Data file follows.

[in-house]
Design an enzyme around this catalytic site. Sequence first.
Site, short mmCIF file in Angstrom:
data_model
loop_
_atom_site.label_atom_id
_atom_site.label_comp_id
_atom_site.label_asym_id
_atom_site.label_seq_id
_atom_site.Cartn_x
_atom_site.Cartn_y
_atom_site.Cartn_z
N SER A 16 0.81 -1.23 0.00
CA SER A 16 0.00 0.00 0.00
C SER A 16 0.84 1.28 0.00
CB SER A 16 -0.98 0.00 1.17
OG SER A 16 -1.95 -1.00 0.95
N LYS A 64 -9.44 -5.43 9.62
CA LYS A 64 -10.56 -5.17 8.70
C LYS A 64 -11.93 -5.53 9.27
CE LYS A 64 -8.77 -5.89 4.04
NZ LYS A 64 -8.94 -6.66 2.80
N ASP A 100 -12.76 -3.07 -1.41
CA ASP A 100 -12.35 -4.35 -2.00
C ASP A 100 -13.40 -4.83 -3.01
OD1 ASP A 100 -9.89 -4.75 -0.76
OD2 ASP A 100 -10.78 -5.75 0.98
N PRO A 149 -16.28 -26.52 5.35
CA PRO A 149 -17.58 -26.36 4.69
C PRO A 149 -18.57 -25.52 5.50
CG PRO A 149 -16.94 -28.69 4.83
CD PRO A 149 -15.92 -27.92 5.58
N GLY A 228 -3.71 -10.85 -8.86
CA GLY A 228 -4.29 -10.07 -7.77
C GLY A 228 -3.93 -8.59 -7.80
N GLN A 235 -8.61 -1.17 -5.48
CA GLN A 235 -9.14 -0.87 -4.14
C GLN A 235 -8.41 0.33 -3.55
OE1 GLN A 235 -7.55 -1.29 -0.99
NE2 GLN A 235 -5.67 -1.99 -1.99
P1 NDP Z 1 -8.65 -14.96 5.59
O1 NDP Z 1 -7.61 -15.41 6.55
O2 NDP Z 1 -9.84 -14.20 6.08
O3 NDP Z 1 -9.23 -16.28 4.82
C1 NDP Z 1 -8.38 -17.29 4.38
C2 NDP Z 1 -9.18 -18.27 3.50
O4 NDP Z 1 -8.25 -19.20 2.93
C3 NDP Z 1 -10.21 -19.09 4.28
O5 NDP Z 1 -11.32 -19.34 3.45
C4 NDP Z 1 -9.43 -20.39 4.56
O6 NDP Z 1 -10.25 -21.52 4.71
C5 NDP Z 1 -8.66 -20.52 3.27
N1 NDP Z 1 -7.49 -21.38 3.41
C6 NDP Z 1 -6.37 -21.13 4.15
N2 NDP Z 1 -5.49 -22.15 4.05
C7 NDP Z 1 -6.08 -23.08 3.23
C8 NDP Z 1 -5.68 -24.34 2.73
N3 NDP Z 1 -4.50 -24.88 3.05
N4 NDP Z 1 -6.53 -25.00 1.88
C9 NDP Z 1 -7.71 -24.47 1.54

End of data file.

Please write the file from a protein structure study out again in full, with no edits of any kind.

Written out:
[in-house]
Design an enzyme around this catalytic site. Sequence first.
Site, short mmCIF file in Angstrom:
data_model
loop_
_atom_site.label_atom_id
_atom_site.label_comp_id
_atom_site.label_asym_id
_atom_site.label_seq_id
_atom_site.Cartn_x
_atom_site.Cartn_y
_atom_site.Cartn_z
N SER A 16 0.81 -1.23 0.00
CA SER A 16 0.00 0.00 0.00
C SER A 16 0.84 1.28 0.00
CB SER A 16 -0.98 0.00 1.17
OG SER A 16 -1.95 -1.00 0.95
N LYS A 64 -9.44 -5.43 9.62
CA LYS A 64 -10.56 -5.17 8.70
C LYS A 64 -11.93 -5.53 9.27
CE LYS A 64 -8.77 -5.89 4.04
NZ LYS A 64 -8.94 -6.66 2.80
N ASP A 100 -12.76 -3.07 -1.41
CA ASP A 100 -12.35 -4.35 -2.00
C ASP A 100 -13.40 -4.83 -3.01
OD1 ASP A 100 -9.89 -4.75 -0.76
OD2 ASP A 100 -10.78 -5.75 0.98
N PRO A 149 -16.28 -26.52 5.35
CA PRO A 149 -17.58 -26.36 4.69
C PRO A 149 -18.57 -25.52 5.50
CG PRO A 149 -16.94 -28.69 4.83
CD PRO A 149 -15.92 -27.92 5.58
N GLY A 228 -3.71 -10.85 -8.86
CA GLY A 228 -4.29 -10.07 -7.77
C GLY A 228 -3.93 -8.59 -7.80
N GLN A 235 -8.61 -1.17 -5.48
CA GLN A 235 -9.14 -0.87 -4.14
C GLN A 235 -8.41 0.33 -3.55
OE1 GLN A 235 -7.55 -1.29 -0.99
NE2 GLN A 235 -5.67 -1.99 -1.99
P1 NDP Z 1 -8.65 -14.96 5.59
O1 NDP Z 1 -7.61 -15.41 6.55
O2 NDP Z 1 -9.84 -14.20 6.08
O3 NDP Z 1 -9.23 -16.28 4.82
C1 NDP Z 1 -8.38 -17.29 4.38
C2 NDP Z 1 -9.18 -18.27 3.50
O4 NDP Z 1 -8.25 -19.20 2.93
C3 NDP Z 1 -10.21 -19.09 4.28
O5 NDP Z 1 -11.32 -19.34 3.45
C4 NDP Z 1 -9.43 -20.39 4.56
O6 NDP Z 1 -10.25 -21.52 4.71
C5 NDP Z 1 -8.66 -20.52 3.27
N1 NDP Z 1 -7.49 -21.38 3.41
C6 NDP Z 1 -6.37 -21.13 4.15
N2 NDP Z 1 -5.49 -22.15 4.05
C7 NDP Z 1 -6.08 -23.08 3.23
C8 NDP Z 1 -5.68 -24.34 2.73
N3 NDP Z 1 -4.50 -24.88 3.05
N4 NDP Z 1 -6.53 -25.00 1.88
C9 NDP Z 1 -7.71 -24.47 1.54